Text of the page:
Colleen Graffy: I tremble to admit it in group-think Britain, but I will be voting Bush

People can't believe there is any alternative to the idea that Bush is bad
Click to follow

Group Think has taken hold of Britain. Bush is bad and any facts to the contrary are unacceptable. To open one's mouth to contradict the Group Think clears a party by 15 feet. Supporters of Bush are wary of being too public with their views in case it affects their business or relationships. To my knowledge there is only one person in this country who dares to display a Bush-Cheney bumper sticker and his car is subjected to almost daily doses of unmentionable items representing disapproval.

Clearly many individuals have arrived at their views thoughtfully and carefully. Even if passions rise they are genuinely interested in intelligent discussion and testing their perceptions. But for many, and who can blame them, the information is so one-sided that they find it difficult to believe there can be any alternative but that Bush is bad. As the Group Think takes hold and alternative opinions become scarce, the Group Think is reinforced.

How often have we heard that Bush had never or rarely travelled outside of the US before becoming President? Not true. That he doesn't read? Not true. That he "doesn't believe" in climate change? Not true. That he is dumb? Recent news puts his IQ higher than Kerry's. And the list goes on.

Yet how many times have we heard about Bush's commitment to Africa? That he has met more African heads of state than any other president in US history? That during the past three years America has given more international Aids assistance than the rest of the world's donor governments combined? That he has committed an unprecedented $15bn to fight HIV/Aids, $1bn for clean drinking water, and millions to stop human trafficking, particularly affecting woman and children caught in slave trade and sexual slavery? Rarely.

How many dinner parties are discussing Bush's intelligent Millennium Challenge Account that provides the largest increase in US development assistance since the Marshall Plan? Or the Proliferation Security Initiative, a successful multilateral effort to stop WMD proliferation? Or that, as opposed to the Clinton administration's dithering as 800,000 people died in Rwanda, the Bush administration has been working with Sudan for more than two years calling the actions in Darfur genocide, while the UN has not yet made up its mind?

Group Think is not unknown here. President Reagan was viewed as stupid and inarticulate. There were protests across the world against the warmonger president who placed Pershing II missiles against the Soviet Union's SS 20s. He was seen as a cowboy who used unsophisticated and embarrassing language like "evil empire" and "Mr Gorbachev, tear down that wall." He was mocked and derided because he had the vision and will to see that communism could and should be defeated.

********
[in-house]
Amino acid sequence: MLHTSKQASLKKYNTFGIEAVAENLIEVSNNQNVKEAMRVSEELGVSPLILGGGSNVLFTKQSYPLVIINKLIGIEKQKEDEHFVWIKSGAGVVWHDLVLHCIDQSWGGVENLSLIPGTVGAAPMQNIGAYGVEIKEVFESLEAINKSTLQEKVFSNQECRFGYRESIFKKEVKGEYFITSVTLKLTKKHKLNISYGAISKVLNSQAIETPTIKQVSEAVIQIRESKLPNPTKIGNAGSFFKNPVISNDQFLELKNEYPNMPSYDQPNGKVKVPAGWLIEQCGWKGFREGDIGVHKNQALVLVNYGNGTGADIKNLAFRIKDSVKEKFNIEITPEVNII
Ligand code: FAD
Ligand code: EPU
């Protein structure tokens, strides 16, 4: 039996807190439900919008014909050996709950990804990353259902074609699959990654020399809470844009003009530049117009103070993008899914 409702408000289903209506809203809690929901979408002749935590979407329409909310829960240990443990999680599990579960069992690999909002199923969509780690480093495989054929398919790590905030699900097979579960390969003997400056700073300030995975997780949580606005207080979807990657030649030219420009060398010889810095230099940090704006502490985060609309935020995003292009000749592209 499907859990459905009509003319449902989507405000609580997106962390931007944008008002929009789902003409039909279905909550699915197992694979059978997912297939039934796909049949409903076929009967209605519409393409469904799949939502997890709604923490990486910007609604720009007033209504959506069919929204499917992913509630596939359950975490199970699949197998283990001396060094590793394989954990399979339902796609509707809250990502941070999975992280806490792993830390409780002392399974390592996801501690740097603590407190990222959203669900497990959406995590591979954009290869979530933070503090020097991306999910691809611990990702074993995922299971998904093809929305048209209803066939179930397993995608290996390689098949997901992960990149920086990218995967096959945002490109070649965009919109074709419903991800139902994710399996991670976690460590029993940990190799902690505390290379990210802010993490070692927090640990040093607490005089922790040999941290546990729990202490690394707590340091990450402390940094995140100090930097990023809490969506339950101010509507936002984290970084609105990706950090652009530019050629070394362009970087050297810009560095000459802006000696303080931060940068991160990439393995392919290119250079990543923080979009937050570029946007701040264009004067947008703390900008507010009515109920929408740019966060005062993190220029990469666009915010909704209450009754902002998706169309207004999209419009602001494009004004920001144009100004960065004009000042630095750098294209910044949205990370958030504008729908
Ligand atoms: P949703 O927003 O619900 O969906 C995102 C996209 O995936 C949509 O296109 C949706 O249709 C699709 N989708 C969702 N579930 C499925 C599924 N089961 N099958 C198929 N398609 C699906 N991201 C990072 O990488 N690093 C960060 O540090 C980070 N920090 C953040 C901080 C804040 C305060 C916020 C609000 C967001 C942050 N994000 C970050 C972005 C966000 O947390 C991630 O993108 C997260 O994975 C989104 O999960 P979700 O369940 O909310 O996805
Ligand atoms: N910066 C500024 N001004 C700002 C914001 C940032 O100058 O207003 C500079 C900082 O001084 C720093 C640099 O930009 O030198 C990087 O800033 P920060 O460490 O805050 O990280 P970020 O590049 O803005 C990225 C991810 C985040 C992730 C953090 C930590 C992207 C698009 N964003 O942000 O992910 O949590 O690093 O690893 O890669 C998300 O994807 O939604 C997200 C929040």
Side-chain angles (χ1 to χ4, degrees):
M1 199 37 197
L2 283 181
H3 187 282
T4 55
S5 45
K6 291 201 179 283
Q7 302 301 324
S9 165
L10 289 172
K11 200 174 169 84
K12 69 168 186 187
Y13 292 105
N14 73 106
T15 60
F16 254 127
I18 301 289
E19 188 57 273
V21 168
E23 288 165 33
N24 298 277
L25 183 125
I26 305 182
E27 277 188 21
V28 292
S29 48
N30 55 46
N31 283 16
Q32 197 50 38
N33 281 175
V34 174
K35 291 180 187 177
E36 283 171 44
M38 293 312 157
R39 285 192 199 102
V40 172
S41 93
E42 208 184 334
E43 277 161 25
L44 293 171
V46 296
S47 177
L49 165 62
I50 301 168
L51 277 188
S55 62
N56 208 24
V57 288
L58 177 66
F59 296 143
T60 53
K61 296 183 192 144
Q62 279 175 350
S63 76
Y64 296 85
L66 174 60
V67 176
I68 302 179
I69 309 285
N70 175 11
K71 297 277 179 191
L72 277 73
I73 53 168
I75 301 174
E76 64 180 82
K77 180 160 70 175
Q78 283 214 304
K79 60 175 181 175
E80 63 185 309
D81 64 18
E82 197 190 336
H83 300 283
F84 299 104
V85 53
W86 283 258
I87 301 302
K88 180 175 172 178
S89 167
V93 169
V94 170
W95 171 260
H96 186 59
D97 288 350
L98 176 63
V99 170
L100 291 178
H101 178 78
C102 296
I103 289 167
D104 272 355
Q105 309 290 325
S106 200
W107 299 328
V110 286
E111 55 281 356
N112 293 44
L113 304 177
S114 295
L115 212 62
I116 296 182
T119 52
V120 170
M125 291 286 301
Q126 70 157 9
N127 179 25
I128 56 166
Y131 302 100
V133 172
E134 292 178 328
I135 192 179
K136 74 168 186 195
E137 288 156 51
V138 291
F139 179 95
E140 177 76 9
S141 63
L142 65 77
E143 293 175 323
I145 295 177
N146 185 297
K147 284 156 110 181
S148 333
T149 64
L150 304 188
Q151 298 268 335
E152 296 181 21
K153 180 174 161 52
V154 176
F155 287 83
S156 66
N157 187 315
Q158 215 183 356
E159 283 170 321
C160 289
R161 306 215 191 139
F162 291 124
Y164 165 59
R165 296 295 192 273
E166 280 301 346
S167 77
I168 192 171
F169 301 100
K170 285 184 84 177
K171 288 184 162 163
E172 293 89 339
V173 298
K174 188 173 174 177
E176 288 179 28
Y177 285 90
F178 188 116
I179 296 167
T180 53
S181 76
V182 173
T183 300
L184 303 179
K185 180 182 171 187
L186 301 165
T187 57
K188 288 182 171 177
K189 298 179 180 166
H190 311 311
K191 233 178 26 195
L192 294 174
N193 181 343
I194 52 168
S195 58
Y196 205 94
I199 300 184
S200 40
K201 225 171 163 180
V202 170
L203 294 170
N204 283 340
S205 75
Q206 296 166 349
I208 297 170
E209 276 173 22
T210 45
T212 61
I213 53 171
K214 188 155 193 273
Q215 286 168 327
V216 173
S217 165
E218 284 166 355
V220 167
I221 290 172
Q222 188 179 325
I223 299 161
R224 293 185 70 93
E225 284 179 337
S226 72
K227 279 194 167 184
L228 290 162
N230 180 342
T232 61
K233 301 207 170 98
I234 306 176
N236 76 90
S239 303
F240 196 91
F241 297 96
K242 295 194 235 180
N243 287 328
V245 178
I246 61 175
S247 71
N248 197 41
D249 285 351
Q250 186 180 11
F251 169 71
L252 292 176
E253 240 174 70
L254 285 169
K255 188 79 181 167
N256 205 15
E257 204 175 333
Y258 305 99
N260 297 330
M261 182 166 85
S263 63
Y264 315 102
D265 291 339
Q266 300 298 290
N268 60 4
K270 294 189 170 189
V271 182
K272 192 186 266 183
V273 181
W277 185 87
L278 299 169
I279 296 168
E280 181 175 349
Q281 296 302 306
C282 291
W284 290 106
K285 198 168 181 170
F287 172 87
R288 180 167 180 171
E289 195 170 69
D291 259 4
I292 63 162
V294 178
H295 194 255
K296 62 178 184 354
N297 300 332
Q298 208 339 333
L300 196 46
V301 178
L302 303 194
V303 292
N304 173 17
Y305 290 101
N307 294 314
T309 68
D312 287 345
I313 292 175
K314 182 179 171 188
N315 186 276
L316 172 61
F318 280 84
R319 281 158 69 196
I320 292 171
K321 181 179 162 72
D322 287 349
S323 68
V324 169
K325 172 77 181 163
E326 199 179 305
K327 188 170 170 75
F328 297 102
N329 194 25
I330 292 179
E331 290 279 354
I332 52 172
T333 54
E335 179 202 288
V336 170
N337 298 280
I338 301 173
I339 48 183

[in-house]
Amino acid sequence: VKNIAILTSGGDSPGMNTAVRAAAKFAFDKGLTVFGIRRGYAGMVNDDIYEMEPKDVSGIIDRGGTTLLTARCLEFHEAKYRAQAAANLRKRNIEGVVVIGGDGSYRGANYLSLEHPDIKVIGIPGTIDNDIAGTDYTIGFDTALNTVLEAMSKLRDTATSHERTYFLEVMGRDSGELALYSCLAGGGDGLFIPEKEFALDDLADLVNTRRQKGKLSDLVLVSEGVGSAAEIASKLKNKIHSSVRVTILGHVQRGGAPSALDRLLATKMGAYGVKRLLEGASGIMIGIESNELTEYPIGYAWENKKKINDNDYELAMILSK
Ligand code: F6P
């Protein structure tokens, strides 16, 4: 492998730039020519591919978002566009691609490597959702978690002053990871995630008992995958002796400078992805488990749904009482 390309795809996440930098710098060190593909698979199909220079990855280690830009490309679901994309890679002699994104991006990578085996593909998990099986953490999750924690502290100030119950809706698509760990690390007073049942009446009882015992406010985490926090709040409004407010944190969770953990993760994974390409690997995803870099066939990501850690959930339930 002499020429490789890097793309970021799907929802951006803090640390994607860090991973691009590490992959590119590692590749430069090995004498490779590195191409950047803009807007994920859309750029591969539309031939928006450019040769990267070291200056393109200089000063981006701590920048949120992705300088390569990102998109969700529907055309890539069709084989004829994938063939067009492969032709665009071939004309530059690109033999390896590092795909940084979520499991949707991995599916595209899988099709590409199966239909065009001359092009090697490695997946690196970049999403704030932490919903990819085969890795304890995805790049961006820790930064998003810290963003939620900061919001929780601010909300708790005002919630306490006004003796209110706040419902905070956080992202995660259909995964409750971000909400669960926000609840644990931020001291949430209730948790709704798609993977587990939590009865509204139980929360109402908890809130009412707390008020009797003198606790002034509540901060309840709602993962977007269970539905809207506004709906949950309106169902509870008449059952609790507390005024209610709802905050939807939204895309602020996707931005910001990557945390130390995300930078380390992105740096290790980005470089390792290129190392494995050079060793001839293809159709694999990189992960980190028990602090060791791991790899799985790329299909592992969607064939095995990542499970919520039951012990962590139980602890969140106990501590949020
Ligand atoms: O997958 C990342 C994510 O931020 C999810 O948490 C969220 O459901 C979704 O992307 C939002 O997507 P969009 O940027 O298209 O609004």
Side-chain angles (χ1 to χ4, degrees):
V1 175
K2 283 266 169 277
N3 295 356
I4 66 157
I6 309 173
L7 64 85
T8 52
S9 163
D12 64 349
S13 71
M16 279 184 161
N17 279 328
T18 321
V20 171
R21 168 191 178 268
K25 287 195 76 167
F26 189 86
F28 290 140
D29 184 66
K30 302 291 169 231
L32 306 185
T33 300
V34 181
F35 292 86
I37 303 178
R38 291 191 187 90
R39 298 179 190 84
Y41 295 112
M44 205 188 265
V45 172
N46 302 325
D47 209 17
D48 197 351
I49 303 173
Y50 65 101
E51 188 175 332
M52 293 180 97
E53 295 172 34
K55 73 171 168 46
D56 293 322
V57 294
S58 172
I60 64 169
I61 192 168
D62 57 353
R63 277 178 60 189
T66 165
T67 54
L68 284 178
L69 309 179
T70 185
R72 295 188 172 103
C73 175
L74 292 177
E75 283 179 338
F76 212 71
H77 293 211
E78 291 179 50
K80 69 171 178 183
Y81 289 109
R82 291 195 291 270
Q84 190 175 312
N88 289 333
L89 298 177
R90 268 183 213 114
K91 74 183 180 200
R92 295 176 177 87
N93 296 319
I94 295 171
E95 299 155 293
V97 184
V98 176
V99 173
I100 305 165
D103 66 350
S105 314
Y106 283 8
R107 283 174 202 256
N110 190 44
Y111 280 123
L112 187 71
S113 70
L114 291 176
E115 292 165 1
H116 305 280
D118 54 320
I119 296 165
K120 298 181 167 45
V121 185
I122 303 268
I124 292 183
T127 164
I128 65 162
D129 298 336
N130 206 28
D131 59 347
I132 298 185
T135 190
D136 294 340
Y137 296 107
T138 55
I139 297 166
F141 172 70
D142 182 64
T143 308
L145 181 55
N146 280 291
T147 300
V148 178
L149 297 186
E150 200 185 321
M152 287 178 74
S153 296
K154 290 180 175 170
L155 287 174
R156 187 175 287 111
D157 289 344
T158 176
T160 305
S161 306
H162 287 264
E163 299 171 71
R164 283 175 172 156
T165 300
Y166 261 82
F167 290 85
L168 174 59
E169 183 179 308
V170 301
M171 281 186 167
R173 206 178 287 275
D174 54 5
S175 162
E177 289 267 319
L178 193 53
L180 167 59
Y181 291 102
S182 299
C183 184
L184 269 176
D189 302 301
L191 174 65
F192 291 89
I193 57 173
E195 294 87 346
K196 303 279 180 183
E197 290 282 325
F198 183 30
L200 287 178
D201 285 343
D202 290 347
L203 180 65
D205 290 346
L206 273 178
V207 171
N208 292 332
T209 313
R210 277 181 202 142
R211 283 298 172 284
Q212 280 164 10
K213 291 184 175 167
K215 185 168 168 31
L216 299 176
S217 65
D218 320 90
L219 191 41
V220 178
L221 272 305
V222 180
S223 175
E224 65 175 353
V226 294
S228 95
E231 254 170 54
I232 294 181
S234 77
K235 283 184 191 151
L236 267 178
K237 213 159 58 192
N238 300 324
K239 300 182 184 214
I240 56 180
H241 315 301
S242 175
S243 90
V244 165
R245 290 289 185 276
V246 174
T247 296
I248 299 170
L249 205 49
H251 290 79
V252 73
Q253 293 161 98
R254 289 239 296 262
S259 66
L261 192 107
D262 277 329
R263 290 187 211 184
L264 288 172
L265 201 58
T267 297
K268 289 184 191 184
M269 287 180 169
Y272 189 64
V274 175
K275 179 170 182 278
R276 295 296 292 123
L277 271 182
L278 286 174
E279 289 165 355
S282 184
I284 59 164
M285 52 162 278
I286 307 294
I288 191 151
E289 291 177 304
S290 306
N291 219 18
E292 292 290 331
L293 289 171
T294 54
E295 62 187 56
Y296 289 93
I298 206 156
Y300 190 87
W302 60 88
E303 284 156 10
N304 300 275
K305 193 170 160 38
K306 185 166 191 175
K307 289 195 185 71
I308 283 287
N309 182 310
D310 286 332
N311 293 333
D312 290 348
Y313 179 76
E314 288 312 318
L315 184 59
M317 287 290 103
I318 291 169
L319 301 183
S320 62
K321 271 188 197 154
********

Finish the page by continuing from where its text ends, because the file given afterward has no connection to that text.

President Bush has jolted the international community by daring to believe that liberty can and should be spread to the Middle East. It's seismic. It's scary. But the idea that there should be fundamental freedom for all without distinction as to race, sex, language or religion is not a US ideal. It is embodied in the United Nations Charter.

The security of our world is not found merely in spheres of influence, or some balance of power. The security of our world is found in advancing the rights of mankind. And that requires leadership. The sort of leadership that has changed Afghanistan from a failed state to a fledgling democracy. That has changed Iraq - despite the daily tragedies, uncertainties and setbacks - from a rogue state to a recovering state.

John Kerry's leadership includes voting against the first Gulf War even though there was an invasion of Kuwait, multilateral backing by allies and a UN resolution.

Bush's vision is to spread liberty and freedoms in the Middle East. It is as difficult and challenging a vision as it is hopeful and exciting.

Kerry's vision, beginning from his days at Yale to his "which way does the wind blow" leadership in the Senate, was and is to become president. I know which vision I prefer and those able to rise above the Group Think may find that they actually agree.

Prof Colleen Graffy of Pepperdine University is former chairman of Republicans Abroad UK